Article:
BROOKLYN, N.Y. – Controlling the strike zone is a point of emphasis for Jonathan Cannon anytime he takes the mound. In his first seven starts for the Chicago White Sox’s Class A-Advanced Winston-Salem Dash team, Cannon posted the third-lowest WHIP in the South Atlantic League (1.07) and allowed two or fewer runs in five appearances.
“I think I always had good command,” Cannon said. “It is something that coaches always preach. It’s just attacking hitters. The way I look at it is that I don’t want to gift the hitter first base. If he is going to reach base, then he is going to have to beat me. That has always been my mindset.”
Cannon generally attacks the strike zone and works ahead in the count. He suppresses hard contact with his sinking fastball and has only allowed three home runs in 40 1/3 innings. Opposing hitters are hitting .227 against him this season.
His success comes from his work with the coaching staff and the team understanding his approach.
“I think part of it is that I have a great group of coaches and a great group of players around me,” he said. “They have kind of learned the way that I pitch and are really helping me succeed at this level, which is different from college, and helping me adjust to professional hitters.”
The White Sox took Cannon in the third round of last year’s MLB draft after watching him flourish and progress over three seasons in college with the Georgia Bulldogs. He showed initial promise at Georgia, tossing 11 1/3 scoreless innings as a freshman. He joined the rotation the following season in 2021. Cannon led the Bulldogs in innings pitched in his first season as a starter.
“The biggest thing was just developing routines,” Cannon said about moving to the rotation. “Having routines in between starts, bullpen routines, and figuring out what works for you is what makes you succeed. It was honing those things that led me to where I was (at Georgia).”
Despite being draft eligible after his sophomore season, Cannon stayed in school for another year, believing he had more to prove at the college level. Cannon bolstered his pitching arsenal, adding a cutter to counter left-handed hitters. Adding an extra pitch led to improved results. He finished the year with a 9-4 record and an improved strikeout rate. Cannon was also a semifinalist for the Dick Howser Trophy.
Pitching his junior season at Georgia helped Cannon refine his pitch mix and prepare him for pro ball, he said.
“(The cutter) gave me another pitch to get hitters out,” Cannon said. “One of the biggest things I wanted to improve after my sophomore season was getting lefties out since they were hitting significantly better. I needed to add something else, and the cuter was the pitch I landed on. I was able to refine it and learn how to use it to retire hitters.”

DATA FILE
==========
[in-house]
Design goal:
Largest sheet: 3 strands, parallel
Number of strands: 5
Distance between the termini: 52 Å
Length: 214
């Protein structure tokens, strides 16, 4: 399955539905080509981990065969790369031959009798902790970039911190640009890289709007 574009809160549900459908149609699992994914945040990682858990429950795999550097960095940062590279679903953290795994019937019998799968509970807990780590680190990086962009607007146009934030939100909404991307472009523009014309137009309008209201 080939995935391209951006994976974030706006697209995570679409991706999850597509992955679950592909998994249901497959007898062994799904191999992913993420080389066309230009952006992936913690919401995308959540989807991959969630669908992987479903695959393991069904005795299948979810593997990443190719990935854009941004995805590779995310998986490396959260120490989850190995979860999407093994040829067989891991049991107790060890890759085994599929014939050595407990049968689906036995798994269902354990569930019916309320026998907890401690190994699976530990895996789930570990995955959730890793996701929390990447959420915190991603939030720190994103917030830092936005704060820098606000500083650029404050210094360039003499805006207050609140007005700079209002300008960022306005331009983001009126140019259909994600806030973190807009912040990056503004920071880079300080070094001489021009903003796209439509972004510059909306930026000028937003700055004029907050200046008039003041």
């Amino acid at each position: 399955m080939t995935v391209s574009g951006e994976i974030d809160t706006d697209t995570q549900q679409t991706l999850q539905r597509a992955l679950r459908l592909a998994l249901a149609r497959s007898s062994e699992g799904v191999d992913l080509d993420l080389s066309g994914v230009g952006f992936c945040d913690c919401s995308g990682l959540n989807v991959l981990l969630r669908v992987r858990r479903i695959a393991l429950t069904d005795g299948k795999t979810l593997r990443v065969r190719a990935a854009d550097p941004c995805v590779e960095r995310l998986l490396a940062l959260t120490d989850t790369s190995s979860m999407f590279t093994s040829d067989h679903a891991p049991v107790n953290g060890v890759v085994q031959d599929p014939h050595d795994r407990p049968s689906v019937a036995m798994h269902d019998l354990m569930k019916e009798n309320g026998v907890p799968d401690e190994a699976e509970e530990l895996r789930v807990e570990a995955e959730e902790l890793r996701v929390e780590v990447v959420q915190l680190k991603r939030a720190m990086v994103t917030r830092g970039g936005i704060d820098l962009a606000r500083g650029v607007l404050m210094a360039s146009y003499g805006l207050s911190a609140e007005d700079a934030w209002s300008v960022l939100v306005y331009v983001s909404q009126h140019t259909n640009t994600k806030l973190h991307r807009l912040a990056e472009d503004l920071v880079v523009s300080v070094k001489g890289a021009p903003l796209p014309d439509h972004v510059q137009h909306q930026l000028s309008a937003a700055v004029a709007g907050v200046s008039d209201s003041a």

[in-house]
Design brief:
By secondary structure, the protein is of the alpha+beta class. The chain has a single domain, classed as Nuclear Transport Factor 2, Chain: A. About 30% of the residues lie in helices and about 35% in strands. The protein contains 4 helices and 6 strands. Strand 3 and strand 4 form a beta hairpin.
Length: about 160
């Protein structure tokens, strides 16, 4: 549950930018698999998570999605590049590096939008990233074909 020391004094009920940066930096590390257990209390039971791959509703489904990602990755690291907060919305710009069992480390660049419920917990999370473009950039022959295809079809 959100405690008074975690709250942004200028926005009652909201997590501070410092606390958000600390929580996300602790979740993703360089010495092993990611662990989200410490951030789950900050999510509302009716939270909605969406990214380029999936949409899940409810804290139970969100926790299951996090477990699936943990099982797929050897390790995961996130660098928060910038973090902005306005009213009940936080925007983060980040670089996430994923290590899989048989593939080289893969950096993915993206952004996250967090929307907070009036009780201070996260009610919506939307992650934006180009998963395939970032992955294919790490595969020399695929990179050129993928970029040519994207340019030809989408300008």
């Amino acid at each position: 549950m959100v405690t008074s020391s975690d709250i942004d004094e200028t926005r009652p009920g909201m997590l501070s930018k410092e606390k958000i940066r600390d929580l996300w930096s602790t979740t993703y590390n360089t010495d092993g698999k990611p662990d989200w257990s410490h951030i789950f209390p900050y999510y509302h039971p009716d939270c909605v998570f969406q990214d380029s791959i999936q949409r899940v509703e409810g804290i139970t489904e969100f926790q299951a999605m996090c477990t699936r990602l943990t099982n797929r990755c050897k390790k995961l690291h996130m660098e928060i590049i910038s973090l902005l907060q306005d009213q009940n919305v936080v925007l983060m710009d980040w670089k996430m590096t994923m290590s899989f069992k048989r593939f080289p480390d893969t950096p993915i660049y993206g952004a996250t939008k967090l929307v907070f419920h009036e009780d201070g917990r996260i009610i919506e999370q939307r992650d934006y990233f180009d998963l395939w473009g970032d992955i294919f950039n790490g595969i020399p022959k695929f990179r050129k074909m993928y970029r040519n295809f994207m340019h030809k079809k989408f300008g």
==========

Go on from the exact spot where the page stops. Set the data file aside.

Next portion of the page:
Shortly after the draft, Cannon made his pro debut and closed the season with three starts at Class A Kannapolis, where he posted a 1.42 ERA. He worked with John Ely and Guillermo Quiroz, who served as the pitching coach and manager, respectively.
Ely and Quiroz also joined Cannon in the same roles at Winston-Salem this season and helped establish continuity for him to build off his initial pro showing.
“It is awesome to keep working with them,” Cannon said. “Ely has helped me so much with refining my mechanics and utilizing my lower half. It really helped me improve my velocity and hold it deep into games. I attribute that to him and his professional experience, and Quiroz has been a great manager, and being familiar with them has made this season really good thus far.”
The right-handed pitcher boasts a four-pitch mix. Cannon throws a mid-90s sinking fastball, slider with movement on both sides of the plate, emerging cutter and changeup. He has a smooth, repeatable delivery, reminiscent of former MLB pitcher Charlie Morton. Cannon works around the bottom half of the strike zone and relies on movement to generate weak contact to keep hitters off stride.
“Growing up in Atlanta, I grew up a huge Braves fan, so watching that postseason run in 2021 was when I got to watch Morton consistently,” Cannon said. I took a lot of things from him, like the way he utilizes the four-seam fastball, the curveball, and even the cutter. I think watching him was definitely beneficial to my arsenal.”
Cannon’s goal is to regularly pound the strike zone early in the count without overpowering the batters he faces. His command takes precedence. The result is the ability to last deeper into games and maintain consistency throughout a start.
“I feel like pitching in the pros is very similar to college,” Cannon said. “The biggest thing is filling up the zone. If you force hitters to work up in the zone, they are going to have to put it to play. For a starter, it’s a huge thing to pitch into the sixth or seventh inning. It is a lot easier for your bullpen and a huge confidence booster for the rest of the team.”
The early potential displayed by Cannon at the pro level lends credence to the notion that he can quickly rise through the White Sox minor league system and potentially develop into a middle-of-the-rotation starter.
The White Sox prioritized pitching in the 2022 draft. The selected Noah Schultz and Peyton Pallette in the first two rounds before taking Cannon in the third round. Each pitcher ranks among the top 10 prospects in the organization, with Cannon furthest along in the system among the trio.
“The White Sox organization has been a huge help in refining my pitches and with the delivery,” Cannon said. “Peyton Pallette, I faced in college, and he is a tremendous arm having success at Kannapolis. I got to meet Schultz as well.
“The development aspect has been huge working with our pitching coordinator and our pitching coaches, and I think spring training was definitely big for me in learning where I need to get better and coming up with a good plan.”